To all the demagogues and creators of the "new history of Europe" who, with the increasing fervor have been denying the role of the Soviet Union in the extermination of the Polish nation, it is worth recalling the mutual Soviet-German meetings in the years 1939-1941 in the occupied Polish territory.
The Ribbentrop-Molotov Pact signed in August 1939 between Nazi Germany and the Soviet Union, was not, as is explained by Russia today, the result of an inevitable historical process; innocent agreement, sanctioning only war events, unleashed exclusively by Hitler. On the contrary, the Molotov-Ribbentrop pact was a prelude to the genocide that the two powers had pledged to inflict together on the Polish nation. This is confirmed by all subsequent international agreements that the USSR signed with the German Third Reich, as well as the entire history of mutual relations between these two countries in the years 1939-1941.
Friendship over a new border
As early as September 28, 1939, both aggressors signed the Treaty on Borders and Friendship with secret annexes, in which they sanctioned the "downfall of the former Polish state" and confirmed the actual IV partition of Poland. Among the treaty documents was an infamous map with a hand-written line, running through the center of the occupied Poland, that indicated the new border between German-Soviet dictatorships and Stalin's own signatures. The secret protocol attached to the September Border and Friendship Treaty between the USSR and Germany proclaimed: "Both sides will not tolerate in their territories any Polish opposition that concerns the territories of the other party. They shall suppress in their territories all origins of such activities and inform each other of appropriate measures (undertaken) for this purpose." This short text is of great importance because it determined the fate of the Polish people under the Soviet German occupation. In essence, it is a verdict against Poles and it has become the basis for mutual cooperation of the apparatus of terror of both occupants in exterminating Polish nationals. In implementing this genocide, both regimes acted as a teamwork.
This criminal cooperation was implemented through, inter alia, four meetings of NKVD and Gestapo, which took place on the occupied Polish territory. Already on September 23, that is even before signing of the Border and Friendship Treaty, the Soviet and German armies organized a triumphal joint victory parade over the defeated Poland in Brest-on-the-Bug. Four days later, in the same city, the first Gestapo and NKVD conference took place, during which the two miscreants conspired with each other against the Polish independence movement. They jointly planned methods of preventing and suppressing the Polish resistance. Less than two months later, the leadership of the NKVD and Gestapo met in Przemyśl, where the issue of treatment of Polish prisoners-of-war and common methods of exterminating the Polish nationals was discussed. Soon, both sides again recognized the need for a meeting. Their third meeting took place on February 20, 1940 in Zakopane.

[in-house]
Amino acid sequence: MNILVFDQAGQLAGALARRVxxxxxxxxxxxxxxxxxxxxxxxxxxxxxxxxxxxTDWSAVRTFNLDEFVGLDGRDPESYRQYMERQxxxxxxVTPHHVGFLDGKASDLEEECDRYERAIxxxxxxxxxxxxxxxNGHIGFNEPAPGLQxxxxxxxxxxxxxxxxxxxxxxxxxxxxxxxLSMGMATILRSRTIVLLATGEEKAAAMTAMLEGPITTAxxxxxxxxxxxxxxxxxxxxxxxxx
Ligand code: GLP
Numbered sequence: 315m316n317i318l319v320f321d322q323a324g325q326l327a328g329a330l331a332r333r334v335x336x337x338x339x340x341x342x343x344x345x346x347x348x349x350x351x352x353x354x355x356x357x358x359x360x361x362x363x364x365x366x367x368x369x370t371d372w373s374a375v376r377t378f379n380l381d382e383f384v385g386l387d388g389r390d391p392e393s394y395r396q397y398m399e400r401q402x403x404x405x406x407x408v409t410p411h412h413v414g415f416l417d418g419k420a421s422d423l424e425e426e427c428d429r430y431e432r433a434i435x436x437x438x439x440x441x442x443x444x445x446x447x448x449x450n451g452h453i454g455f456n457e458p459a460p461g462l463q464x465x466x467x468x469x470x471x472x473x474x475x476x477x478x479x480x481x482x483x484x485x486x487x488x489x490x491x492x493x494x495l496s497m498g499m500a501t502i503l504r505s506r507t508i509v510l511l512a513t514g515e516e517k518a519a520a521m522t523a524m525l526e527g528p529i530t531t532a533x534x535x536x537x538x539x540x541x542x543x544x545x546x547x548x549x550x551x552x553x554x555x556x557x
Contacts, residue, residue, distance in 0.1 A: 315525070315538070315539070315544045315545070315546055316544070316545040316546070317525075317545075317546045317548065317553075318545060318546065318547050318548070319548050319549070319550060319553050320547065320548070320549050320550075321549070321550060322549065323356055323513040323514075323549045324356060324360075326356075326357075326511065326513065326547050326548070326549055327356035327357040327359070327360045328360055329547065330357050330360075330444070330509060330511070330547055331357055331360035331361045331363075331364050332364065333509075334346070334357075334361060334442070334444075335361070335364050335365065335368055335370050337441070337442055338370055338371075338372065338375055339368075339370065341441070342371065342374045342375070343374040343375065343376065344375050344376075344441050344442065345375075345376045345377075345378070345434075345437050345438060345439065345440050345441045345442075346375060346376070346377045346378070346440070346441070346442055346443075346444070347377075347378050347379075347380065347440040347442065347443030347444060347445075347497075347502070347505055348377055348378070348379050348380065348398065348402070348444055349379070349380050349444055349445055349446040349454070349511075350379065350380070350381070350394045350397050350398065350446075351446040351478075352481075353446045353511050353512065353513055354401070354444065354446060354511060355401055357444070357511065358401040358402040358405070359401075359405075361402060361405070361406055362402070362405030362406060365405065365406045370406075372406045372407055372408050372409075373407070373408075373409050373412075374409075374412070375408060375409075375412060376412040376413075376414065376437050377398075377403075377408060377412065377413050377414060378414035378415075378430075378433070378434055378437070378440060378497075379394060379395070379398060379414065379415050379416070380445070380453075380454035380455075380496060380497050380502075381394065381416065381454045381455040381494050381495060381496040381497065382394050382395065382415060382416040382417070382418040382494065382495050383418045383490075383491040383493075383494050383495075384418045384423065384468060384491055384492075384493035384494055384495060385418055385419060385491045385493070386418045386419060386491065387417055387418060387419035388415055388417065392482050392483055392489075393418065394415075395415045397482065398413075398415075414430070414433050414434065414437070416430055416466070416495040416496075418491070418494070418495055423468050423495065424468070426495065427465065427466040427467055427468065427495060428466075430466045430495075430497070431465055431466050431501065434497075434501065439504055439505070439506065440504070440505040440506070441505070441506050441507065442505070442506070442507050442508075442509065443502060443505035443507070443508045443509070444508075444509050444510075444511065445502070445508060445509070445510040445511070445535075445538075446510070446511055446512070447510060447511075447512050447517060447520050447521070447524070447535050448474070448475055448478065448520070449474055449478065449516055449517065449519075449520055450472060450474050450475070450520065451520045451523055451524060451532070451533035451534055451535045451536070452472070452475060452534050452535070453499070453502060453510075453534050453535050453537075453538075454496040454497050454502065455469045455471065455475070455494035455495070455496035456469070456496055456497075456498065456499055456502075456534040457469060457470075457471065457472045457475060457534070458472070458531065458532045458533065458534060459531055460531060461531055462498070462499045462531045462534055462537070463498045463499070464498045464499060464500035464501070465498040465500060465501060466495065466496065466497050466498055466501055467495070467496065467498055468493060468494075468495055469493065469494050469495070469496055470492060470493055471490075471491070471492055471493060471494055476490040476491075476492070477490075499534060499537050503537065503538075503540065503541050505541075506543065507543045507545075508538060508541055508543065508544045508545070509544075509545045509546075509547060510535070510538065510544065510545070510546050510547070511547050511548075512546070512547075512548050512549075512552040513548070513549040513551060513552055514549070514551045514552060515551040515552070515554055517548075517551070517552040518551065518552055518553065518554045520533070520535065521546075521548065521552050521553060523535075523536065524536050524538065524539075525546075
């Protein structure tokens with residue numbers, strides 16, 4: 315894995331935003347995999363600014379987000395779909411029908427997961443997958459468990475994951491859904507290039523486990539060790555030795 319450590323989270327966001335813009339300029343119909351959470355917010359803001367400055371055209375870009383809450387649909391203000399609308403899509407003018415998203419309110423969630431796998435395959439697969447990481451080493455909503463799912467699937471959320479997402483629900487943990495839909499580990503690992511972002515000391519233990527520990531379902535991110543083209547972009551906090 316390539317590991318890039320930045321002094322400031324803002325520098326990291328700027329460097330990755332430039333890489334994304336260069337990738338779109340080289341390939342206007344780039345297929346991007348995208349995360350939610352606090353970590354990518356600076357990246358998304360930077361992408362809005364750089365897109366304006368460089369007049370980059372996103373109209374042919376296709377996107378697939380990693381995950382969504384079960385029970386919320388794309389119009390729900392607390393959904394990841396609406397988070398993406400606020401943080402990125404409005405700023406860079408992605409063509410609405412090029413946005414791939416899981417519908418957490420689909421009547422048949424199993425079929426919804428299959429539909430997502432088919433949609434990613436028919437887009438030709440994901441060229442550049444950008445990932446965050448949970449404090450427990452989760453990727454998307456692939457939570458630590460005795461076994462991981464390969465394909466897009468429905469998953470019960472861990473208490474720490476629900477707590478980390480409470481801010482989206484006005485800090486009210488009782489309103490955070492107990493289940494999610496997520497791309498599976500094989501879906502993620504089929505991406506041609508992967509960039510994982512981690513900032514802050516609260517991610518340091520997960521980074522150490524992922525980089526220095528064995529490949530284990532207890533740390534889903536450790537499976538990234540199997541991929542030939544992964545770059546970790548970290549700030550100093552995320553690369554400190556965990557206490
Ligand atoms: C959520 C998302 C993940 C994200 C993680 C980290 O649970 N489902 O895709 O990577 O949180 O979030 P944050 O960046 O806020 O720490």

During this III Methodical Conference of the NKVD and Gestapo, organized in splendid villas "Pan Tadeusz" and "Telimena," they devised a detailed plan for extermination of the Polish people. The goal was to synchronize their activities to be more effective in eradicating ethnic Poles. The meetings between Gestapo and NKVD continued until April 1940! According to the researchers, it was then that the mass genocide of ethnic Poles began to be implemented.
From the German side, the plan was implemented through a mass pacification action code-named Action AB and the so-called Intelligenzaktion, which started earlier in a number of regions of Poland such as Sonderaktion Krakau, and claimed the lives of several thousand representatives of the Polish intelligentsia; from the Soviet side – the operation known as the Katyn Massacre included a mass murder of all Polish officers held by the Soviet Union as prisoners-of-war and also carriers of Polish identity arrested by the Soviets on the conquered Polish territory and subsequently murdered in Bykovnia, Kuropaty and other still unknown locations throughout the Soviet Union.